Too bad Jerry Brown didn’t try to make a living as a farmer after his first stint as governor.
If he had perhaps California would now be halfway through an epic endeavor to interlace the Los Angeles-Inland Empire region and the Bay Area-Northern San Joaquin Valley-Sacramento area with heavy and light rail instead of still trying to piece together the first segment of high speed rail aptly dubbed by its critics as the Rail to Nowhere.
After a stint as Mayor of Oakland following his first two terms of governor, Brown noted he learned to appreciate government at the level that was a part of people’s everyday life which meant the driving issues were making sure the garbage was picked up, water flowed, toilets flushed, and potholes are fixed. It was a level where glamorous policy debates are a distant second to the more mundane pressing necessities of everyday life.
Brown returned to the governorship nearly seven years ago with hardly a trace of the somewhat false egotistical image he created in his first stunt as governor when he’d engage in philosophical debates lasting hours when discussing basic government issues that earned him the moniker Gov. Moonbeam.
His heavy political investment in high speed rail that has kept high speed rail afloat long after a clear majority of Californians have soured on the concept thanks in part to dubious business plans, overselling its appeal to private sector investment which has been zilch, fantasy-based construction timelines, and ever ballooning costs might not have happened had Brown followed his eight year stint as Oakland mayor with four years of making a living as a farmer instead of serving a term as California’s attorney general.
That’s because the no-nonsense pragmatic view of a farmer who understood stewardship of nature requirng a healthy dose of being realistic is what brought the concept of regional rail service to the car-driven culture of Northern California.
The late Bob Cabral — the Escalon almond grower who represented his home community as well as Manteca and other parts of the South County on the San Joaquin County Board of Supervisors — was arguably the driving force behind the concept of rail service between Stockton and San Jose.
More than a few people thought he was off his rocker given the general consensus you could not pry Californians’ collective hands off the steering wheel — especially those in the suburbs. Conventional wisdom assumed it would take a miracle to get Californian commuters even if faced with gas prices north of $5 a gallon and the heavy hand of government mandates to ride a train.
Cabral didn’t see things that way.
In an interview one day while taking a break from tending an almond orchard on Austin Road he related what led him to the conclusion heavy rail across the Altamont Pass to the job rich Bay Area would work.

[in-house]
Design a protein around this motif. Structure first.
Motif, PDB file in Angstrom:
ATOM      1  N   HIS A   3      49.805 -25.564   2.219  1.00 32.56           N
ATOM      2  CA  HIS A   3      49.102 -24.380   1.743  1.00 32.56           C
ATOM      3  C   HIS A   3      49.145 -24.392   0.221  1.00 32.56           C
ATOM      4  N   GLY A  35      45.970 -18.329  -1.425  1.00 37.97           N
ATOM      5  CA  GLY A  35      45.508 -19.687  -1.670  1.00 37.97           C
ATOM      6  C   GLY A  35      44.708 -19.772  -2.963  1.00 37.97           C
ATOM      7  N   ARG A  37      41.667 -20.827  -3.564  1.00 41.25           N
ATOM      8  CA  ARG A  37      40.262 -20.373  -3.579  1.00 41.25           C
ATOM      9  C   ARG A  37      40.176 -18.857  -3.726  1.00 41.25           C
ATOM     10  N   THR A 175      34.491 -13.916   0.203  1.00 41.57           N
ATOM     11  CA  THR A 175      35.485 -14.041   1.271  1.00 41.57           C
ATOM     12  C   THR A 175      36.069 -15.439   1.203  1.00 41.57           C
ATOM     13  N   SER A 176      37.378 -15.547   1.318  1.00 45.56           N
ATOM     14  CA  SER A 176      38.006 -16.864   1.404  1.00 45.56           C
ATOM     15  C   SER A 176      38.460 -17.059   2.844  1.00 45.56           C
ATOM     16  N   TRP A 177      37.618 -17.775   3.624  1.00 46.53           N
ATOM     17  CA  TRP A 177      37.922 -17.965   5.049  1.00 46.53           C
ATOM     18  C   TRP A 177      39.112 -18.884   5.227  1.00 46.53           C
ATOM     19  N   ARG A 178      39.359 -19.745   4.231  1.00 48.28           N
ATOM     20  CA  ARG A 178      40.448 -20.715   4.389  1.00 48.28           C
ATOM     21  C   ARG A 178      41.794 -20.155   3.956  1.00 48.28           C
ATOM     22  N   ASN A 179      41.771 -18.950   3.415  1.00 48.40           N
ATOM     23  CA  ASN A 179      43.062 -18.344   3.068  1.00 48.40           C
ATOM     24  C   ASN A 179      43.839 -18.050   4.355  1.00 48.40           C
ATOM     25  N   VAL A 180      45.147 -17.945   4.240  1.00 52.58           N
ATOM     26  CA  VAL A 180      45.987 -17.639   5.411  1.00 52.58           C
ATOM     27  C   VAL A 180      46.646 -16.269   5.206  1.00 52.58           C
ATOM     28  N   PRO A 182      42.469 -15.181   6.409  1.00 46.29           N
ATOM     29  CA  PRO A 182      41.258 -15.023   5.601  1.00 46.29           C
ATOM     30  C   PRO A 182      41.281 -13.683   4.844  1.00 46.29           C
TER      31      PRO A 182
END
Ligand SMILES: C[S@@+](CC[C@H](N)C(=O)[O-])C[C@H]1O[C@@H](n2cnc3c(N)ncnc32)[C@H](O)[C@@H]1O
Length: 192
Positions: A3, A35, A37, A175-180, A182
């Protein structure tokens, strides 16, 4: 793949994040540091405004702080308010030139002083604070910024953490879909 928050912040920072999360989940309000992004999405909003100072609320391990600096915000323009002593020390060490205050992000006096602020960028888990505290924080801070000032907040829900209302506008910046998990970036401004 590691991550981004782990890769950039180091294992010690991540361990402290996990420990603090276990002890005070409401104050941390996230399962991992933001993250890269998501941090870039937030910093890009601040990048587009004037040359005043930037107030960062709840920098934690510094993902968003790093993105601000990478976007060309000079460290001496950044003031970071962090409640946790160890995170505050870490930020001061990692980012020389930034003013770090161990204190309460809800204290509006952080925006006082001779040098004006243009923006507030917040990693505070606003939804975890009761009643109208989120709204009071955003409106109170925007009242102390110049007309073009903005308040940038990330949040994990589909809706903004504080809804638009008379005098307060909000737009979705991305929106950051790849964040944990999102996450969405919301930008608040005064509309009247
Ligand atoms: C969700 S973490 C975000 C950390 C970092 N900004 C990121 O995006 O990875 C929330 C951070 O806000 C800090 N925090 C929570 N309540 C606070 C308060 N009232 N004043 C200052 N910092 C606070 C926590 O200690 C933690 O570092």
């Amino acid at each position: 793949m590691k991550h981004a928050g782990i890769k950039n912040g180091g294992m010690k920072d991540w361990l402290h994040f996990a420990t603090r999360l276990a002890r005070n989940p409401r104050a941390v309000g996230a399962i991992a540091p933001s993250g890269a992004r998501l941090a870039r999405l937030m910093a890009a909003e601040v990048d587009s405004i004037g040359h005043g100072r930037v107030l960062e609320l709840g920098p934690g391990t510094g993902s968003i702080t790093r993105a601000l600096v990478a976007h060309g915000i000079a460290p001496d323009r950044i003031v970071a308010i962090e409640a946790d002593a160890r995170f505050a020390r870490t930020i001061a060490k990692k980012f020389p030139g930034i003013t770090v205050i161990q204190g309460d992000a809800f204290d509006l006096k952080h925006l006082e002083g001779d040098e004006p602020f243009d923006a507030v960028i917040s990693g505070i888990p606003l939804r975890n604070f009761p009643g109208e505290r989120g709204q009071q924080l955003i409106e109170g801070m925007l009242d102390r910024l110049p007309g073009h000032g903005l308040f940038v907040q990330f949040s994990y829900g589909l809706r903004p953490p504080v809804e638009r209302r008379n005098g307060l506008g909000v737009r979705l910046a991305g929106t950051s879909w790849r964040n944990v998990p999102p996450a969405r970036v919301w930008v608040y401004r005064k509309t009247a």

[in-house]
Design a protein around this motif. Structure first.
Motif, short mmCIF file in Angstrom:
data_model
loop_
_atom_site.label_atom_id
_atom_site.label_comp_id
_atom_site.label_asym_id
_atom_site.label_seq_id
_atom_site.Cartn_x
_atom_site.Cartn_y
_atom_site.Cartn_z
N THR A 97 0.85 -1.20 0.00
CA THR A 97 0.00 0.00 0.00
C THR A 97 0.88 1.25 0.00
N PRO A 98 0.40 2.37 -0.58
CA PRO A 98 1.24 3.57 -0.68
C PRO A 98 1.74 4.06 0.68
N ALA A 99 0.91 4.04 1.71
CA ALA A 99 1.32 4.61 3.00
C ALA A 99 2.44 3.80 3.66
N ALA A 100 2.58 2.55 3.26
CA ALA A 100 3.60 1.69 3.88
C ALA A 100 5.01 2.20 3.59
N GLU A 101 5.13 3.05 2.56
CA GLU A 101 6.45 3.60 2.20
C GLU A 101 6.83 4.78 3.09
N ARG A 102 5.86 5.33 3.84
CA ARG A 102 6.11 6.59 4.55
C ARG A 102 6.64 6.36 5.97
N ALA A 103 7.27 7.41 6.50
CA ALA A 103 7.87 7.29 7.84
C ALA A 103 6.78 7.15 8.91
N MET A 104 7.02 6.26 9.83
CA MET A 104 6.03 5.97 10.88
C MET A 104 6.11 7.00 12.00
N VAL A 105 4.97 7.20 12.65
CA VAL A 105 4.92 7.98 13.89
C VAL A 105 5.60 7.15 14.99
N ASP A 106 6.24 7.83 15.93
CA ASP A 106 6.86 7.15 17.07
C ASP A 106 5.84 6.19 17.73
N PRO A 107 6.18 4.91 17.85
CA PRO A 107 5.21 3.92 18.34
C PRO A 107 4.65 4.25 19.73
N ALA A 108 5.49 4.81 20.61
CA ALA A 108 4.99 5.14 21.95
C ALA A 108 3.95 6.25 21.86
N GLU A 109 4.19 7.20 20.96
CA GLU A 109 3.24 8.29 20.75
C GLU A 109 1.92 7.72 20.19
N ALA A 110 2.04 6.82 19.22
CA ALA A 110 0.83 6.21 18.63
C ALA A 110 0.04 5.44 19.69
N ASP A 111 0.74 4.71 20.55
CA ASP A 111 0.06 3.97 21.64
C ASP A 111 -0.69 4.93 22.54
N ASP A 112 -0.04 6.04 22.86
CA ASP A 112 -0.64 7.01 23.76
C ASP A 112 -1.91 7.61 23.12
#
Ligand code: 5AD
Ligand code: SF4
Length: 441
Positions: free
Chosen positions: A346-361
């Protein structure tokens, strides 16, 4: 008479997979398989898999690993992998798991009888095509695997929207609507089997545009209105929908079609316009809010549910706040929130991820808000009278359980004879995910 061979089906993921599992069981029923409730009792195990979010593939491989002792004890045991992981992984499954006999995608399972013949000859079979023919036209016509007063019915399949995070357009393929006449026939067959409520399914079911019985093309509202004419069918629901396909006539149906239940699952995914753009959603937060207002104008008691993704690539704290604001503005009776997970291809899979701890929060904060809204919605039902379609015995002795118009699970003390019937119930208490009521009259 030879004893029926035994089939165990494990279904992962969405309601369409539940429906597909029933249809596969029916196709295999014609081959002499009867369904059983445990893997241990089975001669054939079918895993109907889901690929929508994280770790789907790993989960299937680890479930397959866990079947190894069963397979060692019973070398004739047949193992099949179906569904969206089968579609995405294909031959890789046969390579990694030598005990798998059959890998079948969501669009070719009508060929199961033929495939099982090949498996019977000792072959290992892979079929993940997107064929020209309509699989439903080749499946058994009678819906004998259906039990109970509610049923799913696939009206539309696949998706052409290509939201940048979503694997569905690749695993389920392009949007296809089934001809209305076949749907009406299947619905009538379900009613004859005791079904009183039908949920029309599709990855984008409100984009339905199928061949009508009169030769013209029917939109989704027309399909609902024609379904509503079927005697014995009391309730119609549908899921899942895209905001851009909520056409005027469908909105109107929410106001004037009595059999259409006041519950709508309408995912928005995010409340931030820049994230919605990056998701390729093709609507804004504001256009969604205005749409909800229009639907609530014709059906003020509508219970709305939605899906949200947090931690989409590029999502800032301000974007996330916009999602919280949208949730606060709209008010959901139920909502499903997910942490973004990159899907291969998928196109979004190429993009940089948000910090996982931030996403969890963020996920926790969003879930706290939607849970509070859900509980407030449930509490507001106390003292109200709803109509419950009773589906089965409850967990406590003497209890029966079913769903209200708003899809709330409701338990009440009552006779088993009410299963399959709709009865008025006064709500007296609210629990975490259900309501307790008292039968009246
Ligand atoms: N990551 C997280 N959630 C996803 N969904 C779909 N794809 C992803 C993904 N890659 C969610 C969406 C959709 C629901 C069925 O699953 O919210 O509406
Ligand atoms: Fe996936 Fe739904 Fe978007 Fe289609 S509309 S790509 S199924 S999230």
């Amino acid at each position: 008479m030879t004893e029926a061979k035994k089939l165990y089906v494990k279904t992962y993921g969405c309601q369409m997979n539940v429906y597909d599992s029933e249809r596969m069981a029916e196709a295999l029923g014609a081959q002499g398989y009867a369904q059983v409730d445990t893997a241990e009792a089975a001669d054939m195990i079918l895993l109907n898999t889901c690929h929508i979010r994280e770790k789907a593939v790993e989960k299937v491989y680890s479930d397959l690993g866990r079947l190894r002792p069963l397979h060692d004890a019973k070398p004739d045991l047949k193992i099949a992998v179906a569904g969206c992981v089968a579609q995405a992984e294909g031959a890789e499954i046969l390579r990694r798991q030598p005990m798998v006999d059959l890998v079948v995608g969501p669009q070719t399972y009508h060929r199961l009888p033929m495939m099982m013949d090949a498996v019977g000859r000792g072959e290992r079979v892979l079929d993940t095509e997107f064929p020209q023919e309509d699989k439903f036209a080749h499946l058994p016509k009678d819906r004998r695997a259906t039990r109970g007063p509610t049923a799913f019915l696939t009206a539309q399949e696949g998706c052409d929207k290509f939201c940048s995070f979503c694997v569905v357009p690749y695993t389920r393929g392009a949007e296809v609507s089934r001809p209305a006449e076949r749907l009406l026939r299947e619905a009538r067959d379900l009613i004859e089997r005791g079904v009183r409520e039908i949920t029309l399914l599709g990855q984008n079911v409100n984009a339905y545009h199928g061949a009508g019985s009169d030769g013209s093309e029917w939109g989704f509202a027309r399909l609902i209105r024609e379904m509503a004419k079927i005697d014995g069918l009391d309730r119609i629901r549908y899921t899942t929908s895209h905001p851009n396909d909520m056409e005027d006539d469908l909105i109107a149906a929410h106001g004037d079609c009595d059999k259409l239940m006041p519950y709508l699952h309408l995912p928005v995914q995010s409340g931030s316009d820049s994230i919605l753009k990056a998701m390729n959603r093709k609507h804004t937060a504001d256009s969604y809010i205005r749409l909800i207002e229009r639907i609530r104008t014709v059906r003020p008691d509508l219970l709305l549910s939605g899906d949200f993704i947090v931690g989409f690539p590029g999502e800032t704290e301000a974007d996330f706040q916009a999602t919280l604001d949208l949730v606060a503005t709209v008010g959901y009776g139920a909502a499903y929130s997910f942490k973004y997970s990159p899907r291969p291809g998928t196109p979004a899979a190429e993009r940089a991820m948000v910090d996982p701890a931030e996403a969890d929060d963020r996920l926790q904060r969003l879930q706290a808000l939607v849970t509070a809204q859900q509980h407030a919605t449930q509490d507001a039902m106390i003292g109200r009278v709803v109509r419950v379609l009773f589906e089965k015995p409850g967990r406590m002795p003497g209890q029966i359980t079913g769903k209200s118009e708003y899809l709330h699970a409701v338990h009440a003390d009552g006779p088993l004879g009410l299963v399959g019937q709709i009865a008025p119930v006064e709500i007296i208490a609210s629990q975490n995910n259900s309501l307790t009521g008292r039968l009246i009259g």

He saw among South County residents that he represented people who moved here so they could provide housing and a safe environment for their families. The grind of what often was a three to four hour daily roundtrip commute to employment in the Silicon Valley due to freeway congestion robbed people of family time as well as being a physical drain.
He also believed rail passenger service could be done in a cost-effective manner.
To that extent he worked realistic numbers just like he needed to do year in and year out to make his farming operations viable and steered clear of pie-in-the-sky business plans.
The Altamont Corridor Express is a success when measured against virtually all railroad commute systems.
It’s fare box recovery — the amount of operating and maintenance costs paid by passengers — is at times the highest in the nation having approached 50 percent when other systems are thrilled to attain a 20 to 25 percent fare box recovery rate.
ACE works because it effectively can serve large numbers of people day in and day out by taking them from where they live to where they work.
That’s the fatal flaw of the high speed rail business plan.
It’s not based on a sustainable day-to-day ridership as much as it is the business or pleasure riders. That means there is no substantial foundation of riders that can be counted on as many as five times a week to ride the rails.
Riding high speed rail also will never develop into a necessary ticket to buy. They are very few people who commute daily from Los Angeles to San Francisco. Everyone has a choice. They can fly. They can drive. They can take a bus. And they can even ride heavy rail.
Contrary to the techies not everyone is hell-bent to get from Point A to Point B in the fastest time possible nor can they afford to do so.
Then there is the biggest flaw of all — assuming spending $70 billion or so on high speed rail is the most effective way of cutting pollution. Cars burn fuel cleaner at freeway speeds and become borderline gross polluters in stop and go traffic commute traffic.
Farmers — who survive due to a commitment of stewardship of their land, long-range thinking, and well-thought long range fiscal planning given they rarely get a shot at more than one pay check a year — would have opted to serve the daily masses and not the relatively elite few.
This column is the opinion of executive editor, Dennis Wyatt, and does not necessarily represent the opinion of The Bulletin or Morris Newspaper Corp. of CA. He can be contacted at email@example.com or 209.249.3519.